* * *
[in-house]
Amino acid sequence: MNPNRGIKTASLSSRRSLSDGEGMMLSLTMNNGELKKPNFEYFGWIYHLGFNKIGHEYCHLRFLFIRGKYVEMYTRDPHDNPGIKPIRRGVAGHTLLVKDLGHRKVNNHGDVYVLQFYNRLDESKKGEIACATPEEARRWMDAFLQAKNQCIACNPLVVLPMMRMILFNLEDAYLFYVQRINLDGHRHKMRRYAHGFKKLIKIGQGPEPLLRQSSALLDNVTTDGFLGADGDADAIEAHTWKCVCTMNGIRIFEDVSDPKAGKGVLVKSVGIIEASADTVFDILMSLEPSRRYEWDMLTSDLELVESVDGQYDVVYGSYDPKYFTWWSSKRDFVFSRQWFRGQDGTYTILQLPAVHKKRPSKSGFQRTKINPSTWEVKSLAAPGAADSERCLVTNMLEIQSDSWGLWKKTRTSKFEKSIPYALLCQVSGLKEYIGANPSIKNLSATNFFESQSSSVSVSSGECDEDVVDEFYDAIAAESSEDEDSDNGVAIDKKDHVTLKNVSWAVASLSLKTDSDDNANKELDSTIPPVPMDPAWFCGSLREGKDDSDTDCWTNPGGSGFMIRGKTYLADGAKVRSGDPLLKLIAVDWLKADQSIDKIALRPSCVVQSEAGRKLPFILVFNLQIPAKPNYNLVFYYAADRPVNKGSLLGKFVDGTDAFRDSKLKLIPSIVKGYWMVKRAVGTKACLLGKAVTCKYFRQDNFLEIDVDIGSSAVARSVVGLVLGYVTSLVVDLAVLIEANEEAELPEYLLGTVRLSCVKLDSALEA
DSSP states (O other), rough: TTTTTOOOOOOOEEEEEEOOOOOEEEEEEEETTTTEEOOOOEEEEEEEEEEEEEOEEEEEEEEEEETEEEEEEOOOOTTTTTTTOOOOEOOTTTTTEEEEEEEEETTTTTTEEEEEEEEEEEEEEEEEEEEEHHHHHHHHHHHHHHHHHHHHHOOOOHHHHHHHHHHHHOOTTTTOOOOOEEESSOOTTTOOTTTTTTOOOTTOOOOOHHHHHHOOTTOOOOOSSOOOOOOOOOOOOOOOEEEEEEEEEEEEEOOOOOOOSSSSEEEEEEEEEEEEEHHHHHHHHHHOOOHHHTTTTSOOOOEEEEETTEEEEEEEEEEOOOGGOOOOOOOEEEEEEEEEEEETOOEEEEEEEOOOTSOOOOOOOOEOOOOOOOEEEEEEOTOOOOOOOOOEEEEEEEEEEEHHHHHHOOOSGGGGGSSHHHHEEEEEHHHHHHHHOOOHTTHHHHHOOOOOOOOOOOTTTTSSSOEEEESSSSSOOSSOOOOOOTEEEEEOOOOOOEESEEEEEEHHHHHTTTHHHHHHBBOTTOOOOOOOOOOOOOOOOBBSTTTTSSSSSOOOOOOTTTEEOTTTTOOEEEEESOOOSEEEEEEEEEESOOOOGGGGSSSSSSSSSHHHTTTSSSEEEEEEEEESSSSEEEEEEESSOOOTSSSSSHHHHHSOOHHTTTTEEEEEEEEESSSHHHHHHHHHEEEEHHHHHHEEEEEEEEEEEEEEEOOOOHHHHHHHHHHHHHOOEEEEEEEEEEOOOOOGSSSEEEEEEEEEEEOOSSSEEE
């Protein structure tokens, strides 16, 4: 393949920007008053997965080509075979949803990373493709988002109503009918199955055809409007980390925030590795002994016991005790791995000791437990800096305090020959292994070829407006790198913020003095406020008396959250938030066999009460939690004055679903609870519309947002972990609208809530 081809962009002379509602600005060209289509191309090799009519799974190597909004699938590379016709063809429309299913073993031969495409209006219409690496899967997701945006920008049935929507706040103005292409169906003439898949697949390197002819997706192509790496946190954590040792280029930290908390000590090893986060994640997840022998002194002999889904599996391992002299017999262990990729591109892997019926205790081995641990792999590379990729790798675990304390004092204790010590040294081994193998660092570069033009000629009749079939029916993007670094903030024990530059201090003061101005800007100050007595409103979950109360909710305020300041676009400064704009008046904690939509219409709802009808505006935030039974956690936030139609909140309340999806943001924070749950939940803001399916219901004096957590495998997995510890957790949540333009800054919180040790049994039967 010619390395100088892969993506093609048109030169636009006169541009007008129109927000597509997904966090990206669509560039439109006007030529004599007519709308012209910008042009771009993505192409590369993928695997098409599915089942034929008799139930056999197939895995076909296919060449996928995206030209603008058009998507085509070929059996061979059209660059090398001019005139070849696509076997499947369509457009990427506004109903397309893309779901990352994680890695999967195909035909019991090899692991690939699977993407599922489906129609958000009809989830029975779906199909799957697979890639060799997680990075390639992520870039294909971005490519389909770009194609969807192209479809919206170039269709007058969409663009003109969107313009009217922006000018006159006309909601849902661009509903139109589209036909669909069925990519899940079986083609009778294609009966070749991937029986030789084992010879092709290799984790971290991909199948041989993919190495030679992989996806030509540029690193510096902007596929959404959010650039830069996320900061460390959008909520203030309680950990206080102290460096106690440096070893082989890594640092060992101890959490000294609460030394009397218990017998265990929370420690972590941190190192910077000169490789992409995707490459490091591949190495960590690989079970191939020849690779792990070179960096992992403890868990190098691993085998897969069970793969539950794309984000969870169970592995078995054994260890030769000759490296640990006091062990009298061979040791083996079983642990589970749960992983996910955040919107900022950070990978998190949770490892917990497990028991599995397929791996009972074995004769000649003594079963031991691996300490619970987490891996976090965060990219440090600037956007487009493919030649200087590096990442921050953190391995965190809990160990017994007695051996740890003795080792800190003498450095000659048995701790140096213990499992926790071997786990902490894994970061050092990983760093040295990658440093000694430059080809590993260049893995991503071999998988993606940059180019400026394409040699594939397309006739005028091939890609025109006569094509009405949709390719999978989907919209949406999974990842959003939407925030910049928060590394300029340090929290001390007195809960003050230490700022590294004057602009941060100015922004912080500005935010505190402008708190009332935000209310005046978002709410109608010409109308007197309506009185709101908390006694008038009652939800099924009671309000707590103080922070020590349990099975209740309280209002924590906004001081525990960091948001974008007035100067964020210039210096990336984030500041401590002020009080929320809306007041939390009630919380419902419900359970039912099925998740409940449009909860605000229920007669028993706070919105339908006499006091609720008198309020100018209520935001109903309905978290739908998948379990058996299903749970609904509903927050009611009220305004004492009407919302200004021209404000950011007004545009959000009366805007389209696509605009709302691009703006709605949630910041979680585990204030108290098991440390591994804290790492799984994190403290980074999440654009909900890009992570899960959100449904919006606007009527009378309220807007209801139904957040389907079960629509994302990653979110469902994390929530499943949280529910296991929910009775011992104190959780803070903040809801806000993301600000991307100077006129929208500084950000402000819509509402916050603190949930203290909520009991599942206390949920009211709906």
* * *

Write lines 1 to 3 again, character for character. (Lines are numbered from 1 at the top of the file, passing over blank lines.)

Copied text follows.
[in-house]
Amino acid sequence: MNPNRGIKTASLSSRRSLSDGEGMMLSLTMNNGELKKPNFEYFGWIYHLGFNKIGHEYCHLRFLFIRGKYVEMYTRDPHDNPGIKPIRRGVAGHTLLVKDLGHRKVNNHGDVYVLQFYNRLDESKKGEIACATPEEARRWMDAFLQAKNQCIACNPLVVLPMMRMILFNLEDAYLFYVQRINLDGHRHKMRRYAHGFKKLIKIGQGPEPLLRQSSALLDNVTTDGFLGADGDADAIEAHTWKCVCTMNGIRIFEDVSDPKAGKGVLVKSVGIIEASADTVFDILMSLEPSRRYEWDMLTSDLELVESVDGQYDVVYGSYDPKYFTWWSSKRDFVFSRQWFRGQDGTYTILQLPAVHKKRPSKSGFQRTKINPSTWEVKSLAAPGAADSERCLVTNMLEIQSDSWGLWKKTRTSKFEKSIPYALLCQVSGLKEYIGANPSIKNLSATNFFESQSSSVSVSSGECDEDVVDEFYDAIAAESSEDEDSDNGVAIDKKDHVTLKNVSWAVASLSLKTDSDDNANKELDSTIPPVPMDPAWFCGSLREGKDDSDTDCWTNPGGSGFMIRGKTYLADGAKVRSGDPLLKLIAVDWLKADQSIDKIALRPSCVVQSEAGRKLPFILVFNLQIPAKPNYNLVFYYAADRPVNKGSLLGKFVDGTDAFRDSKLKLIPSIVKGYWMVKRAVGTKACLLGKAVTCKYFRQDNFLEIDVDIGSSAVARSVVGLVLGYVTSLVVDLAVLIEANEEAELPEYLLGTVRLSCVKLDSALEA
DSSP states (O other), rough: TTTTTOOOOOOOEEEEEEOOOOOEEEEEEEETTTTEEOOOOEEEEEEEEEEEEEOEEEEEEEEEEETEEEEEEOOOOTTTTTTTOOOOEOOTTTTTEEEEEEEEETTTTTTEEEEEEEEEEEEEEEEEEEEEHHHHHHHHHHHHHHHHHHHHHOOOOHHHHHHHHHHHHOOTTTTOOOOOEEESSOOTTTOOTTTTTTOOOTTOOOOOHHHHHHOOTTOOOOOSSOOOOOOOOOOOOOOOEEEEEEEEEEEEEOOOOOOOSSSSEEEEEEEEEEEEEHHHHHHHHHHOOOHHHTTTTSOOOOEEEEETTEEEEEEEEEEOOOGGOOOOOOOEEEEEEEEEEEETOOEEEEEEEOOOTSOOOOOOOOEOOOOOOOEEEEEEOTOOOOOOOOOEEEEEEEEEEEHHHHHHOOOSGGGGGSSHHHHEEEEEHHHHHHHHOOOHTTHHHHHOOOOOOOOOOOTTTTSSSOEEEESSSSSOOSSOOOOOOTEEEEEOOOOOOEESEEEEEEHHHHHTTTHHHHHHBBOTTOOOOOOOOOOOOOOOOBBSTTTTSSSSSOOOOOOTTTEEOTTTTOOEEEEESOOOSEEEEEEEEEESOOOOGGGGSSSSSSSSSHHHTTTSSSEEEEEEEEESSSSEEEEEEESSOOOTSSSSSHHHHHSOOHHTTTTEEEEEEEEESSSHHHHHHHHHEEEEHHHHHHEEEEEEEEEEEEEEEOOOOHHHHHHHHHHHHHOOEEEEEEEEEEOOOOOGSSSEEEEEEEEEEEOOSSSEEE